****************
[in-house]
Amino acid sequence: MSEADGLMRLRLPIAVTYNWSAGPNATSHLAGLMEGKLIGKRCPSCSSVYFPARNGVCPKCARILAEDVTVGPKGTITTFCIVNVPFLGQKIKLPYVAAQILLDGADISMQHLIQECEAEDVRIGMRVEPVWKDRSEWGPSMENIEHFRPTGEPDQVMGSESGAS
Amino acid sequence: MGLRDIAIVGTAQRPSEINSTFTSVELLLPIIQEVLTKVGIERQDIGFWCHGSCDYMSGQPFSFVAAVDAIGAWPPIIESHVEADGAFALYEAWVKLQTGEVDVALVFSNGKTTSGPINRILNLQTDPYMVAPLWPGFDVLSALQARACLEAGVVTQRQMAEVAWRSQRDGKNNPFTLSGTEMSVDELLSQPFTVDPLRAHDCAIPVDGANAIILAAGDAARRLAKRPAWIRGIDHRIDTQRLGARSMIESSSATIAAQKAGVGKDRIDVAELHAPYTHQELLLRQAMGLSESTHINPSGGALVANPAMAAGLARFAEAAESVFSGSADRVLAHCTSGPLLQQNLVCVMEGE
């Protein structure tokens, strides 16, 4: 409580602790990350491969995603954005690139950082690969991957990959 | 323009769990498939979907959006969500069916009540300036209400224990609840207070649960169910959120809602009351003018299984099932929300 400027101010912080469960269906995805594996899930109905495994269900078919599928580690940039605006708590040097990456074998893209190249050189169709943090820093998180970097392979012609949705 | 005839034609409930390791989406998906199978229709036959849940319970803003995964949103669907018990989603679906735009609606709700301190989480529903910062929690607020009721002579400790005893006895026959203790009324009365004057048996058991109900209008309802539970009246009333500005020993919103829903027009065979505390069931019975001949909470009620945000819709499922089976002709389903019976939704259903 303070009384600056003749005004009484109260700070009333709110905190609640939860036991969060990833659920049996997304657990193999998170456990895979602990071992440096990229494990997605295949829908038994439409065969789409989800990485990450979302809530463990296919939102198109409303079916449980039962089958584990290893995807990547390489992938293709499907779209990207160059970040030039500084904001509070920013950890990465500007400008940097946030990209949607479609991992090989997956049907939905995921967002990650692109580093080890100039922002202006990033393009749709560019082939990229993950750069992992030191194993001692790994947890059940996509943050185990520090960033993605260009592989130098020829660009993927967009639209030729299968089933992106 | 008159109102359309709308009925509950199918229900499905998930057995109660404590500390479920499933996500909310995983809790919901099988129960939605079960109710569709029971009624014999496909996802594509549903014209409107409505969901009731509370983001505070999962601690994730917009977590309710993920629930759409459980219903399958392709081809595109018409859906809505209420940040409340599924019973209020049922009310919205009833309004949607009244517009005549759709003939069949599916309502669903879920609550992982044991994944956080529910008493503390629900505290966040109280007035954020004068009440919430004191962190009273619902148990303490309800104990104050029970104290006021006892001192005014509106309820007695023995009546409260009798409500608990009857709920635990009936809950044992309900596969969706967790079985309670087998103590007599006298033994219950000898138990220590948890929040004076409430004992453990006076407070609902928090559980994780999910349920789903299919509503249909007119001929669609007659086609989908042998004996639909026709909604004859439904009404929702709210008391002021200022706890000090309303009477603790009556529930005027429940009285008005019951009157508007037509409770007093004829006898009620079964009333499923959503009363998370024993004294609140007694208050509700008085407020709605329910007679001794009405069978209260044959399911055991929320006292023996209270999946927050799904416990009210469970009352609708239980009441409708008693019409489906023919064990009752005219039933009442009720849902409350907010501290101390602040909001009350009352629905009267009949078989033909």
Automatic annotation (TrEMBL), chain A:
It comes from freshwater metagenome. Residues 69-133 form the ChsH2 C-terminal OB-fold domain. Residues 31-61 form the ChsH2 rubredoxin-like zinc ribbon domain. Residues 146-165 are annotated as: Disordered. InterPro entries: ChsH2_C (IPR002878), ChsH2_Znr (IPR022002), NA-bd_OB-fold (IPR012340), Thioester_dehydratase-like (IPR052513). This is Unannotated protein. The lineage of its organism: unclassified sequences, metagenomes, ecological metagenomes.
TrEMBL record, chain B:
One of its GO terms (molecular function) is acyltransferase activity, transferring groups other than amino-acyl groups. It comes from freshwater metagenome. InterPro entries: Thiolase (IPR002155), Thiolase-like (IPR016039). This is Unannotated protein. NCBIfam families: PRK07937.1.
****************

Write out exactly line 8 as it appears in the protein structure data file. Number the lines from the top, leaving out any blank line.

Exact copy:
One of its GO terms (molecular function) is acyltransferase activity, transferring groups other than amino-acyl groups. It comes from freshwater metagenome. InterPro entries: Thiolase (IPR002155), Thiolase-like (IPR016039). This is Unannotated protein. NCBIfam families: PRK07937.1.